You never know which terminated employee will sue—or how long he might wait to do so. That’s why it’s important to document everything leading up to the termination. Then make it your policy to retain firing-related documents indefinitely.
Recent case: Janitor Ralph McCullough got into an argument over his performance. At a meeting with several other employees of the Trenton school system, he allegedly said that all the stress might make him violent.
The school system promptly fired him and took statements from everyone who heard McCullough’s outbursts.
Seven years later, he filed a discrimination lawsuit.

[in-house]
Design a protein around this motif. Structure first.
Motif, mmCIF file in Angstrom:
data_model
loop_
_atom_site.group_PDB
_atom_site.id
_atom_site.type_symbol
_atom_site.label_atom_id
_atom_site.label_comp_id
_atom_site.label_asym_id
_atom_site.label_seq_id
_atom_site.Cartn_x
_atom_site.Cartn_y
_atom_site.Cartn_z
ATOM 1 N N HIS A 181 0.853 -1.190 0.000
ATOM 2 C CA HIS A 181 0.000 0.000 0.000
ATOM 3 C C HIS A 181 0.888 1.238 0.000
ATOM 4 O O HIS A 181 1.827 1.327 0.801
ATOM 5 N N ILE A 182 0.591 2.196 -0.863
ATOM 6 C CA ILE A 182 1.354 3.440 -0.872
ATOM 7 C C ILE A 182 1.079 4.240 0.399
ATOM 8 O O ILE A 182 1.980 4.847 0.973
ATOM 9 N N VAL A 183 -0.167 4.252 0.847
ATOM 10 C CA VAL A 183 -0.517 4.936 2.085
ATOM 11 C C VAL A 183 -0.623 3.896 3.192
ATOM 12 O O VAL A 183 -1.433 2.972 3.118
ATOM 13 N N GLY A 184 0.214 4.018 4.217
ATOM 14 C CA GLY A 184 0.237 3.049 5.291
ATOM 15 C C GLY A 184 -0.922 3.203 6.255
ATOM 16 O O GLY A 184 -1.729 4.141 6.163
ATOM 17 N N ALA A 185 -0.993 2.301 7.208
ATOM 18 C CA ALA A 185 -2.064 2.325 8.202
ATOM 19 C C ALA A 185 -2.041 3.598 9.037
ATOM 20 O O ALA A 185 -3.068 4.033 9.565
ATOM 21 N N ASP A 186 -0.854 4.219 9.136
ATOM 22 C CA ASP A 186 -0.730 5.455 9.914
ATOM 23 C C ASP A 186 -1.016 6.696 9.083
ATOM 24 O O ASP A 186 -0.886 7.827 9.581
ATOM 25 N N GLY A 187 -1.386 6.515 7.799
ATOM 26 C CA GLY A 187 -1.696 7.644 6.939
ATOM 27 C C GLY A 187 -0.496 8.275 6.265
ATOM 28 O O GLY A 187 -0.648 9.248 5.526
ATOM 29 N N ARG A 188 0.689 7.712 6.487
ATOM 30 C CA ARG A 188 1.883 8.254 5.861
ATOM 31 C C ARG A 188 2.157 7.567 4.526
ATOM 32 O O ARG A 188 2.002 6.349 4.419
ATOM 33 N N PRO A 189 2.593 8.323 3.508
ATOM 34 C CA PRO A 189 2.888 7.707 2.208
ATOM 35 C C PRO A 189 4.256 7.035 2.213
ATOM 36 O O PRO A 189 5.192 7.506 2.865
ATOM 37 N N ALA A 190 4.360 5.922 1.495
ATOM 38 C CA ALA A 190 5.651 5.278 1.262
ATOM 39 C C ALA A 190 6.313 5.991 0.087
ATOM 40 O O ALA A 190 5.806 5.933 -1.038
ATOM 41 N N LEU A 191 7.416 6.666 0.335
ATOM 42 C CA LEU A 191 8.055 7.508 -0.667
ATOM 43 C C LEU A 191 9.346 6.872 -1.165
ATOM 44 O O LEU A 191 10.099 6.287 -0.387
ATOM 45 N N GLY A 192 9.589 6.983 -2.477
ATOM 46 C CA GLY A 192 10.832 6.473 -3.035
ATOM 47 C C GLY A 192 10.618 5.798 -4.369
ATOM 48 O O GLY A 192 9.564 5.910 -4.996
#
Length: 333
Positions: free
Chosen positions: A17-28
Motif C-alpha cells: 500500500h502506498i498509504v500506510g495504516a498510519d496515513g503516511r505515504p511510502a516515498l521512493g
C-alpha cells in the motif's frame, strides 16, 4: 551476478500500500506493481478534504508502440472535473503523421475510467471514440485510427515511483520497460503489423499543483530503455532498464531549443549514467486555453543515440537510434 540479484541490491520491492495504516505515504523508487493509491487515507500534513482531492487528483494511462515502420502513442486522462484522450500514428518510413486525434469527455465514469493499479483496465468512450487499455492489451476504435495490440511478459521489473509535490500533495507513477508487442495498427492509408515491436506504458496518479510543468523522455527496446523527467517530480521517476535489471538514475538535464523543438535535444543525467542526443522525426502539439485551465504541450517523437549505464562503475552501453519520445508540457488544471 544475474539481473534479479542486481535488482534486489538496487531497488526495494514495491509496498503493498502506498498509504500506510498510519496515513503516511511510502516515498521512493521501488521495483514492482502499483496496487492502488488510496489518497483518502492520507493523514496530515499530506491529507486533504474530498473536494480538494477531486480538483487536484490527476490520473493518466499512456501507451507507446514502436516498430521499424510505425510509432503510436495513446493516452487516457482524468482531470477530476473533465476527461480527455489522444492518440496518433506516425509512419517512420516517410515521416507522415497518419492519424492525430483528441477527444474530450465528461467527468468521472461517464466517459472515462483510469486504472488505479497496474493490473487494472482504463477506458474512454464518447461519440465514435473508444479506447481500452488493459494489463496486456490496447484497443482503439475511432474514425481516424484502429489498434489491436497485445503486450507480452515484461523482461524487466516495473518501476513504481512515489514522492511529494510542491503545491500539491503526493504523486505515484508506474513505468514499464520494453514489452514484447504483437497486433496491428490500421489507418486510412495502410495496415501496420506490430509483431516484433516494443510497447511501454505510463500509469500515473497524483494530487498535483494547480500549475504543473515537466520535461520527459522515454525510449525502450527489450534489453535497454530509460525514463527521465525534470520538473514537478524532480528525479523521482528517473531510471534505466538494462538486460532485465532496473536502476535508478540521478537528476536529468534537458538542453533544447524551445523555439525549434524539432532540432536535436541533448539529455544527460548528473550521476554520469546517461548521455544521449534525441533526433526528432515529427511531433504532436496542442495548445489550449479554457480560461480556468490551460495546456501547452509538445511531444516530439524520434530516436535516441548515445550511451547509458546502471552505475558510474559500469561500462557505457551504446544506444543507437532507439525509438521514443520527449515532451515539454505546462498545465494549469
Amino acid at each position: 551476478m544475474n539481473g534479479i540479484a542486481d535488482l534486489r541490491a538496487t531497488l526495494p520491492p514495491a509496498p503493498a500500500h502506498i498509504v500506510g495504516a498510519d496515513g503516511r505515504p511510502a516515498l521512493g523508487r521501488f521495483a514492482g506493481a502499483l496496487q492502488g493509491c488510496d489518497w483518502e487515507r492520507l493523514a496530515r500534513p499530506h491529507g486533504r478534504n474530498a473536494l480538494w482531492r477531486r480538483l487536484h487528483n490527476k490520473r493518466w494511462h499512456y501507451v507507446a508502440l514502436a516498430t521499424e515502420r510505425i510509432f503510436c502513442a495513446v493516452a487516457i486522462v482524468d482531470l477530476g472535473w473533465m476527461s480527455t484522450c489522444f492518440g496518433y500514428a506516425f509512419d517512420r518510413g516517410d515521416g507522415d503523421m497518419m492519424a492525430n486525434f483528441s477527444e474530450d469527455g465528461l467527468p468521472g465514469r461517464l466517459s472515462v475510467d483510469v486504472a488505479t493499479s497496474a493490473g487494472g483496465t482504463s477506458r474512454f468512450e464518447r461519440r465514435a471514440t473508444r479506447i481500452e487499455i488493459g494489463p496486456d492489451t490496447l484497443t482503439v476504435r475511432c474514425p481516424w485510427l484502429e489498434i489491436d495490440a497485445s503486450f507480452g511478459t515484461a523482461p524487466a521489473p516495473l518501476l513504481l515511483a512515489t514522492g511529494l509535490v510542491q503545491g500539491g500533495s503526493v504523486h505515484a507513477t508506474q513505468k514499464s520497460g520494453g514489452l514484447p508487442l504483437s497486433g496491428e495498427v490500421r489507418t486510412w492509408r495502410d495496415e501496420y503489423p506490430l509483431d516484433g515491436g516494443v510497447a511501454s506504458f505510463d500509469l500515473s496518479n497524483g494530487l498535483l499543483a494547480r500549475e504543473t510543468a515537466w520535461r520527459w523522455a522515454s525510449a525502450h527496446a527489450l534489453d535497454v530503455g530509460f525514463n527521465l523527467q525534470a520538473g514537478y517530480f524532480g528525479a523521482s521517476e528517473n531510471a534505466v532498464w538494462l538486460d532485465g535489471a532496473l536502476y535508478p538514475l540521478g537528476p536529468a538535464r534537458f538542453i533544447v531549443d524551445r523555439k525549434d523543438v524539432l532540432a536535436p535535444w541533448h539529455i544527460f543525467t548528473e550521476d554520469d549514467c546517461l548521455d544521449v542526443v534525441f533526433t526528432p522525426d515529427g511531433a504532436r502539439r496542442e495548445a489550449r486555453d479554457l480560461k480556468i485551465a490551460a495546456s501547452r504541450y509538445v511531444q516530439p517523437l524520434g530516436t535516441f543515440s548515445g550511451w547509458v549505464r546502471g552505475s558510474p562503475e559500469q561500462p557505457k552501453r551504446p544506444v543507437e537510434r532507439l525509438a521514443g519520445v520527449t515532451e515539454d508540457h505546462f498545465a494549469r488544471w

The court quickly dismissed McCullough’s case after the school system produced solid evidence—the co-worker statements—that he had been fired for making threats. (McCullough v. Trenton Board of Education, No. 07-5341, DC NJ, 2010)
- Independent investigation key to clean terminations
- Seek legal assistance when negotiating contract terms with union
- Good news: The clock eventually runs out on negligent hiring after you've fired worker
- Catch reverse discrimination before it becomes federal case
- HR: Carefully review firing plans; courts will frown on 'rubber stamp'